The Urban Sketcher
Nate Patrin's sprawling conversation with alt comics veteran, Ken Avidor, ranges from '70s underground comix boom to Robert Moses to the confluence of Twin Cities comics and bike cultures.
Outside Minnesota, Ken Avidor is one of comics' most underrated artists to have come of age under the influence of the underground comix boom of the '60s and '70s: a veteran of alt-cult…
Ken Avidor, Bicyclopolis street scene. All images courtesy of the artist.
What's So Funny? - With Chris Knutson
Best known for his work in the comedy music duo, Valley Meadows, Chris Knutson talks shop with Levi Weinhagen about the daily grind of being a stand-up.
About this month's featured guest in our monthly podcast on the craft of comedy:…
Chris Knutson, one half of the comedy musical duo Valley Meadows. Photo courtesy of the artist's website.
A Beautiful Campaign
With a foot squarely planted in the aesthetic traditions of minimalist art, Gregory Fitz uses humble materials to make spare, stark works subtly imbued with concern about climate change and runaway consumption.
Working with simple materials like home insulation, cedar board, acrylic and spray paint, Gregory Fitz makes spare and stark images with the potential to stir a sense of citizenship.…
Gregory Fitz, from the series Aurora Borealis, acrylic on aluminum-faced rigid foam board, 2014. Courtesy of the artist.
The Stuff of Memories
Erika Ritzel's series of photographs of objects in situ at estate sales are surprisingly poignant, heavy with emotional weight from the things we carry through our lives, and then leave behind when we go.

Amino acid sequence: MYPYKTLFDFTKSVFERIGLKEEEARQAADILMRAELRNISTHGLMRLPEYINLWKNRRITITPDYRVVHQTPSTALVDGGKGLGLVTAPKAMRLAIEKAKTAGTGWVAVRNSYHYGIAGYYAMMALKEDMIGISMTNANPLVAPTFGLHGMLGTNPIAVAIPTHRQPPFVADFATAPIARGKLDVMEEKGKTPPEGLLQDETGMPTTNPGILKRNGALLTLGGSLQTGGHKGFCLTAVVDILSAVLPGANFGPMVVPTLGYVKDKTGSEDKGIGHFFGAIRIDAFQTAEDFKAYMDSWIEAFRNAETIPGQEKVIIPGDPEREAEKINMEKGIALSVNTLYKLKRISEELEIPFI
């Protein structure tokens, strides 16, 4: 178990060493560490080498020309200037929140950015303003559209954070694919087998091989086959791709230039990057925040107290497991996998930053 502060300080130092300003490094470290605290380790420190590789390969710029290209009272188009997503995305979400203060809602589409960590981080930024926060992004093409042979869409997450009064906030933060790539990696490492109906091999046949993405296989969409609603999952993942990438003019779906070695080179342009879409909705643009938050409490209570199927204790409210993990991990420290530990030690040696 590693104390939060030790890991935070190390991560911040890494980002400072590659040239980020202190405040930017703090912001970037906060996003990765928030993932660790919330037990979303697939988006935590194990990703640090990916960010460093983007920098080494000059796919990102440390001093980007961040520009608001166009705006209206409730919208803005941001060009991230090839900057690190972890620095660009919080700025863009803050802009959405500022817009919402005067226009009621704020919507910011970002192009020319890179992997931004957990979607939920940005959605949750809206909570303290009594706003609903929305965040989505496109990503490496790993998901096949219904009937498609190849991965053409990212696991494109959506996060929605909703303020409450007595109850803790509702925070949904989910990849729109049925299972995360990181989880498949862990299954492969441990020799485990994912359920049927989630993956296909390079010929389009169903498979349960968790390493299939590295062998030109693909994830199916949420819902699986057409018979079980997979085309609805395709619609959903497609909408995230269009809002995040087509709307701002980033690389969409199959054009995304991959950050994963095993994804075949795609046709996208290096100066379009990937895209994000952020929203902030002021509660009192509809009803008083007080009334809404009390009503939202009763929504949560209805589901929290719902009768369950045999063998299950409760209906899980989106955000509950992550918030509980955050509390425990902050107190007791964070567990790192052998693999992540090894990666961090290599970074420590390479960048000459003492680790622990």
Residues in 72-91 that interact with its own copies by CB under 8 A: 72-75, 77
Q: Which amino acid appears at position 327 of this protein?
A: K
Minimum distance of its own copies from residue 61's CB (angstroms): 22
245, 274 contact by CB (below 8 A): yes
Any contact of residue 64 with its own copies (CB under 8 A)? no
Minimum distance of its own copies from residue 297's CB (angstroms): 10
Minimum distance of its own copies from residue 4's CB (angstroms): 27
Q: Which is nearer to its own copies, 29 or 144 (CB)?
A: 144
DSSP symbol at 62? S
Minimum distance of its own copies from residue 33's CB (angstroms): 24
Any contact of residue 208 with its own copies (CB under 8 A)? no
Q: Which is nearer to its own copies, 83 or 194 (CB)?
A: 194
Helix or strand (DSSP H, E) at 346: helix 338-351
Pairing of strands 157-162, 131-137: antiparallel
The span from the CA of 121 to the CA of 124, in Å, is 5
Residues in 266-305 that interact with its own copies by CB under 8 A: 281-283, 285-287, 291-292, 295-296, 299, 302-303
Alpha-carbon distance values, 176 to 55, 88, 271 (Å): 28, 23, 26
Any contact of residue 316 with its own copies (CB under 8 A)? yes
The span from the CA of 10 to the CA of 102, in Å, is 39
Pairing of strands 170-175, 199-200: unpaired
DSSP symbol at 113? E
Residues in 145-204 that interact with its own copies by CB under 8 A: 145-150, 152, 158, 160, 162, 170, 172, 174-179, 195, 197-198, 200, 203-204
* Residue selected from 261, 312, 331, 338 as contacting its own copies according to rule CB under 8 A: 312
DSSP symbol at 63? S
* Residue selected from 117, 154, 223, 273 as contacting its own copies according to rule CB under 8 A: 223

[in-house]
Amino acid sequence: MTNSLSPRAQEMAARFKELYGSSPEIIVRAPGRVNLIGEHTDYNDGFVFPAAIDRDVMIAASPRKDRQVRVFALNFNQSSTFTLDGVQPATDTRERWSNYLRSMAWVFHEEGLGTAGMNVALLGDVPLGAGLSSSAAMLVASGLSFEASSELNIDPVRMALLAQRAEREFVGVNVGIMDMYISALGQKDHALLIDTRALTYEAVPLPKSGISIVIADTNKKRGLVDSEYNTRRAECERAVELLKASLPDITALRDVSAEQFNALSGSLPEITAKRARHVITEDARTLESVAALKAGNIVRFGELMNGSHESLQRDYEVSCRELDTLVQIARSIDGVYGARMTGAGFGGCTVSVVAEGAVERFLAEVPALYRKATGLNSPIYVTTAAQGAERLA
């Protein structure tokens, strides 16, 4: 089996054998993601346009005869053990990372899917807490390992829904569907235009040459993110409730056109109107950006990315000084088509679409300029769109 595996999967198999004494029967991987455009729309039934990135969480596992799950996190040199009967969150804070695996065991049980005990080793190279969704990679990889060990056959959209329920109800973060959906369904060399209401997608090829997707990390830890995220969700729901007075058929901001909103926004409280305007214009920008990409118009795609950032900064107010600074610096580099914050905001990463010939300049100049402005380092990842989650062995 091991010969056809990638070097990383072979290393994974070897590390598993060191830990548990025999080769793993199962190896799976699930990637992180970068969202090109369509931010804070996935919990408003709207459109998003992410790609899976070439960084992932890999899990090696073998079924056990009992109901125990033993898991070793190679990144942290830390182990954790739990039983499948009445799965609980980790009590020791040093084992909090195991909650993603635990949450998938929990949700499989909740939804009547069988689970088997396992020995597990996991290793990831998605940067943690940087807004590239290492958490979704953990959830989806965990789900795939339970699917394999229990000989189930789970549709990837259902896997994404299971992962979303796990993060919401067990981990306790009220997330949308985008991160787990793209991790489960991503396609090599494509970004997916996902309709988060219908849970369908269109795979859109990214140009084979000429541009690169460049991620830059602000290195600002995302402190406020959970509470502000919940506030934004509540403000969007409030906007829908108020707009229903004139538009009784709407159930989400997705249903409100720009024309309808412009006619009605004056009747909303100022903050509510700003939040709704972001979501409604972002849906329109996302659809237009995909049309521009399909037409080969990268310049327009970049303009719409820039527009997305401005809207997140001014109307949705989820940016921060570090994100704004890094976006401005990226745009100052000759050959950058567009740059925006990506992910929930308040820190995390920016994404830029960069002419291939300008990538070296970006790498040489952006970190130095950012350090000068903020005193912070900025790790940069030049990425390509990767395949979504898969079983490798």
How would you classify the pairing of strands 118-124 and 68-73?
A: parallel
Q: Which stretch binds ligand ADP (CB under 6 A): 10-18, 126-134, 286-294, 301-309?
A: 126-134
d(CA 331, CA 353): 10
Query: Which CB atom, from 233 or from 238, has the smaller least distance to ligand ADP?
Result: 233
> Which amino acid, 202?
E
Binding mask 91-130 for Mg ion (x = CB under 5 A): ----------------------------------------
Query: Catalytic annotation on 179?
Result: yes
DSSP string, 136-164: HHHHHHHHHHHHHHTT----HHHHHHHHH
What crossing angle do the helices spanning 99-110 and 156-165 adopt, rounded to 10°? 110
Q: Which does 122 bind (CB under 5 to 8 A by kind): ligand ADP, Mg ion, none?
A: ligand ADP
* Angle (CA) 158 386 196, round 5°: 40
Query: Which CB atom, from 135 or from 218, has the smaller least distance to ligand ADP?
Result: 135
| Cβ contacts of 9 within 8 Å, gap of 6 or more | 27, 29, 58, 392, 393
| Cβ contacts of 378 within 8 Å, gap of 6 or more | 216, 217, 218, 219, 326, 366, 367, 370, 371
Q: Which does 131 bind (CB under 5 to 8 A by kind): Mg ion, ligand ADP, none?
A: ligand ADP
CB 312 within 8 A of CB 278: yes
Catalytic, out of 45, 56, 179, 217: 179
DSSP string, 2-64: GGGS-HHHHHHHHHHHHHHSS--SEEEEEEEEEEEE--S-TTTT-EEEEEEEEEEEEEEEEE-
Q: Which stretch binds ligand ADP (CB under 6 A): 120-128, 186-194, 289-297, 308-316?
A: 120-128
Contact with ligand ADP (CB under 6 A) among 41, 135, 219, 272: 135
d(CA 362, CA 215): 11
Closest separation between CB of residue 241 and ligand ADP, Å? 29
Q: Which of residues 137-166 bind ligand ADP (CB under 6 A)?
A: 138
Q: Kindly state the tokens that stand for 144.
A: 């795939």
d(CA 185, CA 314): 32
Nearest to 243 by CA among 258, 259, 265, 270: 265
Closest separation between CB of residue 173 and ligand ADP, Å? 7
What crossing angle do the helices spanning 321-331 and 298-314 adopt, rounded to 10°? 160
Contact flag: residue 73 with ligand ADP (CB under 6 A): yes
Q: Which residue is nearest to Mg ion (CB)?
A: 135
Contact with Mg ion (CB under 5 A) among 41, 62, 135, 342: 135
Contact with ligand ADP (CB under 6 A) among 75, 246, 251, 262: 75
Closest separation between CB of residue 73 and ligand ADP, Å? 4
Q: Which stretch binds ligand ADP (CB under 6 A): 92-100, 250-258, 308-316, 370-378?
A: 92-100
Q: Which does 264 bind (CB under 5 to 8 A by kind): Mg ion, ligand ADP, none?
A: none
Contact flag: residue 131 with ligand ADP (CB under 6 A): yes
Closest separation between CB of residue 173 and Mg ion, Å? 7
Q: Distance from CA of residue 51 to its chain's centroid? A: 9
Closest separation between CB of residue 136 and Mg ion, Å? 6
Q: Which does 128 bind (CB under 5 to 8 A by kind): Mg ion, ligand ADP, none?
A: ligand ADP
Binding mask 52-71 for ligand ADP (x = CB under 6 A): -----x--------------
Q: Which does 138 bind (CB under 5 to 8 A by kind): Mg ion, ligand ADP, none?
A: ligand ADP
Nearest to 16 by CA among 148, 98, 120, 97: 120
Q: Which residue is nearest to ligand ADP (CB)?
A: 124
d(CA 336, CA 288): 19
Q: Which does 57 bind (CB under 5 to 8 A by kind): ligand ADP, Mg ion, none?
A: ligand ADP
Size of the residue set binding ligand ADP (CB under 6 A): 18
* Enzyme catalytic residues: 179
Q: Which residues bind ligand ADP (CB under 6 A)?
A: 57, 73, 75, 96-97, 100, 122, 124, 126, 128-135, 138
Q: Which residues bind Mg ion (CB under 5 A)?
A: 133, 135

Tina — a wee, brown teddy bear — made her way from Germany to Illinois thirty years ago as a gift from a big brother to a little sister.…
Erika Ritzel, 37th Avenue South, Minneapolis, MN. All photos courtesy of the artist.
Martha Graham Revisited
Camille LeFevre on the raw violence and emotional candor of Martha Graham's dance, on view in the repertory and new works presented by the Martha Graham Dance Company recently in Minneapolis.
Spring always brings to mind the almost unfathomable amount of cellular force necessary for plants—from the tiniest crocus bulb to the towering, leafless trees—to defy gravity and grow upward, out of the ground and toward the sun, toward life.…
Martha Graham's Ying Xin in Diversion of Angels. Photo by Hibbard Nash Photography.
In Heavy Rotation
Art historian Sheila Dickinson grapples with art, transformation and ethics-in-action, inside the studio and out, by way of Chris Larson's mind-bending work.
I recently heard a story on the radio about a man who realized he was stuck in his life, crippled by a fear of failure. Determined to make a change, he set out to fail, every day at least once. One day he might approach a stranger in a store and ask that person…
Chris Larson, Heavy Rotation, still color video, 14:29 minutes, 2011. Courtesy of the artist.
Wunderkammer Redux (Or, An Unnatural History)
In the most elegant possible way, Kate Casanova's work across media sets out to make our habits of perceiving the boundaries between human-made environments and the so-called "natural world" a whole lot messier.
Kate Casanova's Aftereffects: A Natural History, on view at Kolman and Pryor, is an elegant show.…
Kate Casanova, Dispersion #9. Archival pigment print of oyster mushroom spores, 2015. Courtesy of Kolman and Pryor Gallery.